Click on images to enlarge
habit (Photo: Sheldon Navie)
close-up of a leaf showing the prickles on its margins (Photo: Sheldon Navie)
the massive branched flower clusters (Photo: Sheldon Navie)
habit in flower (Photo: Sheldon Navie)
old and young flower clusters (Photo: Sheldon Navie)
the large, greyish-green, fleshy leaves (Photo: Forest and Kim Starr, USGS)
the large dark brown spine, which is borne on each leaf tip (Photo: Sheldon Navie)
infestation (Photo: Land Protection, QDNRW)
Three separate taxa are sometimes recognised in Australia: Agave americana L. var. americana; Agave americana L. var. expansa (Jacobi) Gentry; Agave americana L. 'Marginata'.
For Agave americana var. expansa: Agave expansaJacobi
For Agave americana 'Marginata': Agave americana L. var. marginata; Agave americana L. var. picta (Salm-Dyck) A. Terrac.; Agave picta Salm-Dyck
Agave, agave cactus, aloe, American agave, American aloe, century plant, century-plant, maguey
Native to northern and central Mexico and some parts of southern USA.
Locations in which Agave americana is naturalised include mainland Australia, southern Europe, the Canary Islands, southern China, southern Africa and New Zealand.
Agave americana is invasive in parts of Tanzania (Henderson 2002). It is also cultivated and naturalised in parts of Kenya, including Nairobi and Central Provinces.
This species is often naturalised around old habitations and along roadsides in temperate, subtropical and semi-arid regions. However it also grows in pastures, grasslands, open woodlands, coastal environments and in riparian zones (banks of watercourses).
Agave americana is known as century plant but it typically only lives between 10 and 30 years. It can grow 1-2 m high and 2-4 m across. Older individuals may sometimes develop a short woody stem at the base of the plant and commonly produces numerous suckers (adventitious roots) which form a large clump or colony. When fully mature, A. americana develops a massive flower cluster on a robust flowering stem 6-12 m tall.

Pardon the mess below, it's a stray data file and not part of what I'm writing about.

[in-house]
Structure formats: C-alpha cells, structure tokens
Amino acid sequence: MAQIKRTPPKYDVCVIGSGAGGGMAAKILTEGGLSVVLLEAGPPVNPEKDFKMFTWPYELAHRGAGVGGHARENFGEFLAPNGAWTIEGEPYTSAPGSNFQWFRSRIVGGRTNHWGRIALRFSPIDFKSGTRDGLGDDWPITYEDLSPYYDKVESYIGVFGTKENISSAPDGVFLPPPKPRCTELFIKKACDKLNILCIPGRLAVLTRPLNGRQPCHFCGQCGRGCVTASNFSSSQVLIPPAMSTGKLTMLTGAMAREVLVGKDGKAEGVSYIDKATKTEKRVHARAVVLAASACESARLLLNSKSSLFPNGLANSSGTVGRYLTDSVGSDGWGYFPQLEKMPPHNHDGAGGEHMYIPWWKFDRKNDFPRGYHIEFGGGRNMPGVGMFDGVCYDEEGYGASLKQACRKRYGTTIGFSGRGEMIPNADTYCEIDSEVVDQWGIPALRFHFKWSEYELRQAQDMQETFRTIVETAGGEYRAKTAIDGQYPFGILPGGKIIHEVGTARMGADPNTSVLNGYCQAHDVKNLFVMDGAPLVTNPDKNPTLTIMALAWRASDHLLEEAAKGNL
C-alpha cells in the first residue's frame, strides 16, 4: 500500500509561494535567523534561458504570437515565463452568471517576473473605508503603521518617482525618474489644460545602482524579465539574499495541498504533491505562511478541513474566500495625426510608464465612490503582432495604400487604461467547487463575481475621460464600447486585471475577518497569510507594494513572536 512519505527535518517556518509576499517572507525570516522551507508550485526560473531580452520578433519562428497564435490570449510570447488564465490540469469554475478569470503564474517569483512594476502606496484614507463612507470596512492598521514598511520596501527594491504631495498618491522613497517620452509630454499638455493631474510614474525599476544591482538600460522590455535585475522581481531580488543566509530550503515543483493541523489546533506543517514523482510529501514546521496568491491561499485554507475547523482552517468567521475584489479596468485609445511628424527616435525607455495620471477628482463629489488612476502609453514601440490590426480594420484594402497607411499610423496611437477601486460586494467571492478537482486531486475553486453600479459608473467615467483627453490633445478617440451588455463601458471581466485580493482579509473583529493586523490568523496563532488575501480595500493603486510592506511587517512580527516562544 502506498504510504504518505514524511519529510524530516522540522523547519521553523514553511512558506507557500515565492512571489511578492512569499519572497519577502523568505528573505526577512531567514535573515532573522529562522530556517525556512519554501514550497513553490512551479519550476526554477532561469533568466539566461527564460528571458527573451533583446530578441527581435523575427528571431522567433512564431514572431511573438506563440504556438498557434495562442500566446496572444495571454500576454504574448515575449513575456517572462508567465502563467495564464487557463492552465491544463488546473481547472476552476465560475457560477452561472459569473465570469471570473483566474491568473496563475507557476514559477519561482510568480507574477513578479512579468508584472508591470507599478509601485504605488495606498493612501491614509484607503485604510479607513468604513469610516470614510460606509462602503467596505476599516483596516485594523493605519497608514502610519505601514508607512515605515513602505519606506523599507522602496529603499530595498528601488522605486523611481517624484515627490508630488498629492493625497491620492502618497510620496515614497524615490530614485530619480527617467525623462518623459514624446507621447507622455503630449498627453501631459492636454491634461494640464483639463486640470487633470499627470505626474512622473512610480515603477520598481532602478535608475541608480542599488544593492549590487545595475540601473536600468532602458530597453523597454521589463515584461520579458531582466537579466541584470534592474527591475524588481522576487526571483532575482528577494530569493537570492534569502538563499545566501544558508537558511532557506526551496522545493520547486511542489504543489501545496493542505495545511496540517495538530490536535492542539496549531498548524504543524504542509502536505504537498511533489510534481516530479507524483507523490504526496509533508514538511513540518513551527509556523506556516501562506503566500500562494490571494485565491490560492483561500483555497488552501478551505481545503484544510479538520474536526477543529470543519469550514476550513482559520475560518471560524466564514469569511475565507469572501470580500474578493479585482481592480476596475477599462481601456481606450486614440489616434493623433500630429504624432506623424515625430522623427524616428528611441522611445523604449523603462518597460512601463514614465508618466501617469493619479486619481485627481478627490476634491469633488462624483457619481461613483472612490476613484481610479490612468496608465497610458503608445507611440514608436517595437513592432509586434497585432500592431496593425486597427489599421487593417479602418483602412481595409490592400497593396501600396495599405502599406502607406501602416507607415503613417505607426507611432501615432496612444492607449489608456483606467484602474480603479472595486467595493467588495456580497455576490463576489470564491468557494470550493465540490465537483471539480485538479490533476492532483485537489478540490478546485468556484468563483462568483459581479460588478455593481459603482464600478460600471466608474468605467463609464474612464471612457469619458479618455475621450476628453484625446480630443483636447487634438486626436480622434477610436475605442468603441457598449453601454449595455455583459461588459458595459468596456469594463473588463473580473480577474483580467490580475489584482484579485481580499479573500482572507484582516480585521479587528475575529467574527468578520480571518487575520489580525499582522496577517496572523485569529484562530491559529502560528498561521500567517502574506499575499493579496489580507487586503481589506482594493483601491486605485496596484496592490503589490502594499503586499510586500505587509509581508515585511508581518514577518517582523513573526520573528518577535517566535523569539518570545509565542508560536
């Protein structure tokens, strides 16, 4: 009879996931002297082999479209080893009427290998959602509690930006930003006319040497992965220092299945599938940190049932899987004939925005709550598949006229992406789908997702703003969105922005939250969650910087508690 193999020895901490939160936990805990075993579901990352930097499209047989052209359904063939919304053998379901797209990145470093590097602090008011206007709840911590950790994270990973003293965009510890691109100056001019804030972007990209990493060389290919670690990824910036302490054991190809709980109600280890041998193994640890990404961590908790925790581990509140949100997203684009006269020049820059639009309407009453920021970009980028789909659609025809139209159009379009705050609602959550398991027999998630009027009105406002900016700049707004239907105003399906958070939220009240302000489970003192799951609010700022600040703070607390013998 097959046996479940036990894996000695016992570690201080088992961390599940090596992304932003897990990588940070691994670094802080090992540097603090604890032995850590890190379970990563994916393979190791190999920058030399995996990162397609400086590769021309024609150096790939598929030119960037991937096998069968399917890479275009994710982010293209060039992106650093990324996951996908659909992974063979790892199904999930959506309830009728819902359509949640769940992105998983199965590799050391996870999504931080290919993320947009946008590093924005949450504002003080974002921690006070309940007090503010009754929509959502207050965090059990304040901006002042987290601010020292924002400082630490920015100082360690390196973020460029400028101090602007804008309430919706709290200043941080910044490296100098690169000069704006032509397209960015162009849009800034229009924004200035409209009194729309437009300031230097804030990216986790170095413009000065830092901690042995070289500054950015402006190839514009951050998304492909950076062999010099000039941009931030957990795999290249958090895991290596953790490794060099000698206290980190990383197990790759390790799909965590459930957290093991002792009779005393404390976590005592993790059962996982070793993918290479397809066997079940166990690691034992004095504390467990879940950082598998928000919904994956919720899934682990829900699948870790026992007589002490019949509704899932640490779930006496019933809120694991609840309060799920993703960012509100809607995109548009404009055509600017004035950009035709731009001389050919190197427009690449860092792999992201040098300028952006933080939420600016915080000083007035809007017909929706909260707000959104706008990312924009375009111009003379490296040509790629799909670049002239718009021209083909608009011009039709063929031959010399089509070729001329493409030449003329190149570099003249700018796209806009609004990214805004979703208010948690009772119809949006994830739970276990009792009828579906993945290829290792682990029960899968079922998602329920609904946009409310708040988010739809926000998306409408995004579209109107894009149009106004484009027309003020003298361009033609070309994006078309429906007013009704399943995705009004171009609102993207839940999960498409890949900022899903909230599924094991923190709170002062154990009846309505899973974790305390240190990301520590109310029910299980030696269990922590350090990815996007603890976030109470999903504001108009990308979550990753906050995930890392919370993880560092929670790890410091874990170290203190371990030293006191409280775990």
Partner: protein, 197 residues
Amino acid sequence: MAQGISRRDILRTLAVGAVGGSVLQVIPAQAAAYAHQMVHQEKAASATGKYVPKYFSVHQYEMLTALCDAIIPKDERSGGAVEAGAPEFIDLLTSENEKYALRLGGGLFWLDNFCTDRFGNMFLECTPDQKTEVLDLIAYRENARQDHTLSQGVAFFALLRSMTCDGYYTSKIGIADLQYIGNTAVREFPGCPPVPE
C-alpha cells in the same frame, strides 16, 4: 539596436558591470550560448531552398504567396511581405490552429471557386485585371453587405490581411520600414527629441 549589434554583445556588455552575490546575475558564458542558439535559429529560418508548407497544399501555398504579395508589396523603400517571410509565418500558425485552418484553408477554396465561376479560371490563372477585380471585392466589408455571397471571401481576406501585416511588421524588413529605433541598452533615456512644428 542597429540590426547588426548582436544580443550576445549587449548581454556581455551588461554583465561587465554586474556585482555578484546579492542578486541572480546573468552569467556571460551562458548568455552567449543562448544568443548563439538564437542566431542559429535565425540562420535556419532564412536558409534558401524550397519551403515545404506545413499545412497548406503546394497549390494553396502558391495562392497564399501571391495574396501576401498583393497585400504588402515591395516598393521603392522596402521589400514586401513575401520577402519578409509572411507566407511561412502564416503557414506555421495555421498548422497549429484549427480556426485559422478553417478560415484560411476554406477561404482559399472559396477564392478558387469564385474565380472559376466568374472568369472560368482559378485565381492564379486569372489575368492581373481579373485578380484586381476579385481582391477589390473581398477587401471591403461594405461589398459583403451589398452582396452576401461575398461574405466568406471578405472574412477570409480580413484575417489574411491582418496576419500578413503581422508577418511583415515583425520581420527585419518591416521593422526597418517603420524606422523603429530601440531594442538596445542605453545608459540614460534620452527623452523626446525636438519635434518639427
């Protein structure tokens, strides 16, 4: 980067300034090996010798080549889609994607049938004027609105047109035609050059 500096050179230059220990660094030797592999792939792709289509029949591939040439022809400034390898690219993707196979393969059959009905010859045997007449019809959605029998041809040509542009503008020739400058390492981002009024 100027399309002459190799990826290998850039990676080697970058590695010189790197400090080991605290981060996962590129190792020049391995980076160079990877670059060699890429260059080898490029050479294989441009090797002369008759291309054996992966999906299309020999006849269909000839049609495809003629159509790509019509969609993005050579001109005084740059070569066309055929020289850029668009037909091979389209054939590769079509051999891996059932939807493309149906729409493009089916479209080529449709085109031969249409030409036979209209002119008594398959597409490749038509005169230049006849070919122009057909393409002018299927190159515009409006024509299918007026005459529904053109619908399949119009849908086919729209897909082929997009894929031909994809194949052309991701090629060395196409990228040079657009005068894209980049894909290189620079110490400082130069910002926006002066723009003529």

The very large leaves at the base of the plant are long and narrow (lanceolate) and arranged in a rosette. They may be upright (erect or ascending) or spreading in nature, and are sometimes bent backwards near their tips (reflexed towards the apex). These leaves (1-2 m long and 15-25 cm wide) are usually rigid and somewhat fleshy (succulent). They are normally bluish-grey (glaucous) to greyish-green in colour, but forms with variegated leaves are relatively common. The leaf margins coarsely toothed (serrate), with prickly teeth (up to 1 cm long) borne at intervals of 2-6 cm. The leaves have a pointed tip (acute apex) topped with a large dark-brown coloured spine (1.5-6 cm long).
The massive flower clusters (1-8 m long) are borne at the top of a very robust flowering stem. These flower clusters are much-branched, with the branches being further divided towards their tips (they are terminal panicles). Individual flowers are borne in an upright (erect) position on stalks (pedicels) 2-4 cm long. These flowers (7-10.5 cm long) are yellow or greenish-yellow in colour with their six 'petals' (perianth segments or tepals) being fused together at the base into a short tube (8-20 mm long). The flowers also have six very prominent stamens, consisting of stalks (filaments) 6-10 cm long and yellow anthers (2.5-3.5 cm long). They also have a large ovary (3-4.5 cm long) topped with a style and three stigmas.
The fruit is a large oblong capsule (3.5-8 cm long) with a pointed tip (beaked apex) and consists of three compartments. These capsules turn from green to brown or blackish in colour as they mature and eventually split open to release their seeds. The seeds (6-8 mm long) are black in colour and shiny in appearance.